• I don’t see what point that would serve? I worked there nearly a decade ago, as a contractor, my access to any such devices is long gone, and even if I somehow to miraculously remember any passwords, they are surely changed by now. Further lets not forget the DMZ that exists. even if malware were to somehow get installed on the internal infrastructure, it has no way of reaching out.

      Networking people. Basic networking…..

      • And here we see exactly why he’s no longer employed as a sys/net admin.

        Brian sure is good at ruffling feathers. I counted at least 6 poorly reasoned damage control posts on here, although fair play, this chap is at least willing to use his own name, and his spelling and grammar don’t suck, so that’s a big step forwards from most of Brian’s prey.

        Would be quite interested to hear an actual lawyer’s perspective on liabilities given the when-discovered response to misuse is shared with major corporate entities, though. I assume he’s actually bulletproof, unlike the Canadian-owned and thus court orderable DNS service.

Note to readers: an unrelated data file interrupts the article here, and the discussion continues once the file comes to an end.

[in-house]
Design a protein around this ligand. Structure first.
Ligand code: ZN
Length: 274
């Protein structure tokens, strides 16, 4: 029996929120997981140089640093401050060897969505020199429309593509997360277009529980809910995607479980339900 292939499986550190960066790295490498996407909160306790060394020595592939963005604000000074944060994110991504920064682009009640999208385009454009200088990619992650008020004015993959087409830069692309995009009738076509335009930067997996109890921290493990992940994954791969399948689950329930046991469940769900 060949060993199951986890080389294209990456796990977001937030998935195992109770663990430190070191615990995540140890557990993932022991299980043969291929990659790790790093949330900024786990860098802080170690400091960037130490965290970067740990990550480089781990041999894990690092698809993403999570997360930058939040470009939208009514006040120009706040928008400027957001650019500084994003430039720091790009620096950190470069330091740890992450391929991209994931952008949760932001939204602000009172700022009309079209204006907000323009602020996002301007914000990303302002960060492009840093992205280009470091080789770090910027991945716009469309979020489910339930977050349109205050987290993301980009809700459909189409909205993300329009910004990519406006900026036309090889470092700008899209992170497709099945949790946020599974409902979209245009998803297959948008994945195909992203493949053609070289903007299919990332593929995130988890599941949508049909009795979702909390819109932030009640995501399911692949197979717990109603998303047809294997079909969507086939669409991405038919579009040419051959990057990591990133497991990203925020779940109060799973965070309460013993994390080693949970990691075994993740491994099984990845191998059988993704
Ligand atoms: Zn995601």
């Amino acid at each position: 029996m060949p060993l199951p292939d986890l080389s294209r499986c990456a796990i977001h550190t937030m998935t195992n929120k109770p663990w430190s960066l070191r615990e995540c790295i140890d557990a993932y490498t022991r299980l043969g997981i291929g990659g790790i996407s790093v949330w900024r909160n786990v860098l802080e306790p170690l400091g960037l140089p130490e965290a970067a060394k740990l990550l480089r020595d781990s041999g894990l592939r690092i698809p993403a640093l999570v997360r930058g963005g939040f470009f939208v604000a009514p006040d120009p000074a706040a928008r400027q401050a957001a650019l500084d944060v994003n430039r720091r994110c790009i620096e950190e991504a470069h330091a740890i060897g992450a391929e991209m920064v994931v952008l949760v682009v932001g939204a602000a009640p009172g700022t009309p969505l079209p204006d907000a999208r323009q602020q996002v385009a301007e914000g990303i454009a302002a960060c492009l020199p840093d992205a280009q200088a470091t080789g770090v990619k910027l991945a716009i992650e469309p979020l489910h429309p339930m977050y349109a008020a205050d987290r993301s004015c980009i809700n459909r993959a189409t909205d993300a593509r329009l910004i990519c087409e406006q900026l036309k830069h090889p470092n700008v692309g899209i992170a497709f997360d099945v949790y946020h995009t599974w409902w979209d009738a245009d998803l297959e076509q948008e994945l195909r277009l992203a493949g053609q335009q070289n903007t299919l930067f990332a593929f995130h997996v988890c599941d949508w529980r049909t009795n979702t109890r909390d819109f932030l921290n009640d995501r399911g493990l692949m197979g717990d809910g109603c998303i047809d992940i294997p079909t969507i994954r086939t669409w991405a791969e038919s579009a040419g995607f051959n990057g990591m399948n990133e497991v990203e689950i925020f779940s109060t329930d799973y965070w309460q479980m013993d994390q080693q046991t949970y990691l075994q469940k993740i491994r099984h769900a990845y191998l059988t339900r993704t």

• Basic Network Guy

        With your understanding of basic networking, you do realize that a DMZ is a part of the network where devices are allowed external access, but have heavy restrictions on accessing the internal network? A DMZ has nothing to do with blocking outbound traffic from your malware on the internal network…

        But you already know that, right? Of course you do. Since you wrote a very nice article on how to spread malware, with details on bypassing AV and getting traffic to leave the network.

        One of my favorite quotes from you in that tutorial:

        “we want to market this gibberish to the “Soccer Mom” class of users. We are talking the parents who are either too busy or simply dont know any better than to check the stuff on their computer.”

  20. Jules Winnfield

    If anyone want’s to take up a collection, I will be happy guide him from the tyranny of evil and deliver him upon the path to the lord.